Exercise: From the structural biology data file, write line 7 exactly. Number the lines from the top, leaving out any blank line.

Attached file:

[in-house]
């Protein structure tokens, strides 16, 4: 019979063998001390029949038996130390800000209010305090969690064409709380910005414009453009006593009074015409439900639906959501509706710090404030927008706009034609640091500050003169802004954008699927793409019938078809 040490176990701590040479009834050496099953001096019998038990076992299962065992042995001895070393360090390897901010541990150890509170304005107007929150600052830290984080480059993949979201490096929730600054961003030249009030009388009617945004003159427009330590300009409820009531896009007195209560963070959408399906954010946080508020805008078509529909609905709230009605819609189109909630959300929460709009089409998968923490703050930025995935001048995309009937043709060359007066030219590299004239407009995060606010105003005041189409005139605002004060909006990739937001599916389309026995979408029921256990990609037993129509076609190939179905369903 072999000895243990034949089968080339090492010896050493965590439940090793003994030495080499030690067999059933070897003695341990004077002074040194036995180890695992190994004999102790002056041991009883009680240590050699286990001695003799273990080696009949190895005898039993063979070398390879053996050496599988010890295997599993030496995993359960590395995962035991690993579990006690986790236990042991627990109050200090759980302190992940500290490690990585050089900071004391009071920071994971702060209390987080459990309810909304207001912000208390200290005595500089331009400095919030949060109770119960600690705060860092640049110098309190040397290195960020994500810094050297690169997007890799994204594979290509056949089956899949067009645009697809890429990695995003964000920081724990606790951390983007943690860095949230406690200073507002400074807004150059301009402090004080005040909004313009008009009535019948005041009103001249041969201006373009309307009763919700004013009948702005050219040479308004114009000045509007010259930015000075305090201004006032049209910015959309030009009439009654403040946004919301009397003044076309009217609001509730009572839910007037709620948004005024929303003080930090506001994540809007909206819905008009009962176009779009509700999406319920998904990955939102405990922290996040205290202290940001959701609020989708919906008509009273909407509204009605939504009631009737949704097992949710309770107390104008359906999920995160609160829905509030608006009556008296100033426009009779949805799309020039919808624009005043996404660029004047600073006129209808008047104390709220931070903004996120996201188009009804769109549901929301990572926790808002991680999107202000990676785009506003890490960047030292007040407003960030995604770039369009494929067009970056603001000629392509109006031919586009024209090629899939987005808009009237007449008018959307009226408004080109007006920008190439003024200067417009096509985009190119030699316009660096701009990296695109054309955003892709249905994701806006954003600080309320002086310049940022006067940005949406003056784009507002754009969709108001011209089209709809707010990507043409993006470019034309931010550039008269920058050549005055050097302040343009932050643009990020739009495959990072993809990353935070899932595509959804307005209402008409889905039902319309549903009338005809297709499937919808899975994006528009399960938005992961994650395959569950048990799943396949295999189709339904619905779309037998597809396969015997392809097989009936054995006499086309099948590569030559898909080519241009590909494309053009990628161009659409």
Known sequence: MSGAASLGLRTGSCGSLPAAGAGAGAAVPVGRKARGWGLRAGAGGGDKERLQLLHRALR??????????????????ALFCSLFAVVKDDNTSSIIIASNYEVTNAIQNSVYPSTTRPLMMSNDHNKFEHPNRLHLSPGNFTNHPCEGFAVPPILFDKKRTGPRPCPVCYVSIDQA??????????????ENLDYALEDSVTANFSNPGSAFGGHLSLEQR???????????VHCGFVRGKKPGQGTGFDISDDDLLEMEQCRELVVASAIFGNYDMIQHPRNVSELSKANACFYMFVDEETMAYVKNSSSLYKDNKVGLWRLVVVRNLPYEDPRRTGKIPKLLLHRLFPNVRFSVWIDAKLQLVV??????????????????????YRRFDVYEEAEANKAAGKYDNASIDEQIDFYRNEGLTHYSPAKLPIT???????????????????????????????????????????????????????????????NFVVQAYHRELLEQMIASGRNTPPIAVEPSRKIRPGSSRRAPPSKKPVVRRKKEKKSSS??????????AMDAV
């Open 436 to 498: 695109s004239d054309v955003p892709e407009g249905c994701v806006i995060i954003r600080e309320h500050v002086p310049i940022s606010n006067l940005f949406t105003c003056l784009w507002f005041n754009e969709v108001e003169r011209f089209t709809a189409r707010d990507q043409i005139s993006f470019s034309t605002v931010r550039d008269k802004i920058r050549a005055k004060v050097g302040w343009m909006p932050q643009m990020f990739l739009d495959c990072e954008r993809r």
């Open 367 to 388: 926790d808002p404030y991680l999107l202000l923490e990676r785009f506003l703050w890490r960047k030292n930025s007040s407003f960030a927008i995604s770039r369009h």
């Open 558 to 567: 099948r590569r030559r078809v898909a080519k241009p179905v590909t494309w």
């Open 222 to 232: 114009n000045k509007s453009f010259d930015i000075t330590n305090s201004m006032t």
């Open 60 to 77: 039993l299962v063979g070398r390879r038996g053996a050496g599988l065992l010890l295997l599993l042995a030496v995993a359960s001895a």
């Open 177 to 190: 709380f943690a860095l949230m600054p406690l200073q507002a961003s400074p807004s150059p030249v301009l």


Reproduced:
């Open 222 to 232: 114009n000045k509007s453009f010259d930015i000075t330590n305090s201004m006032t």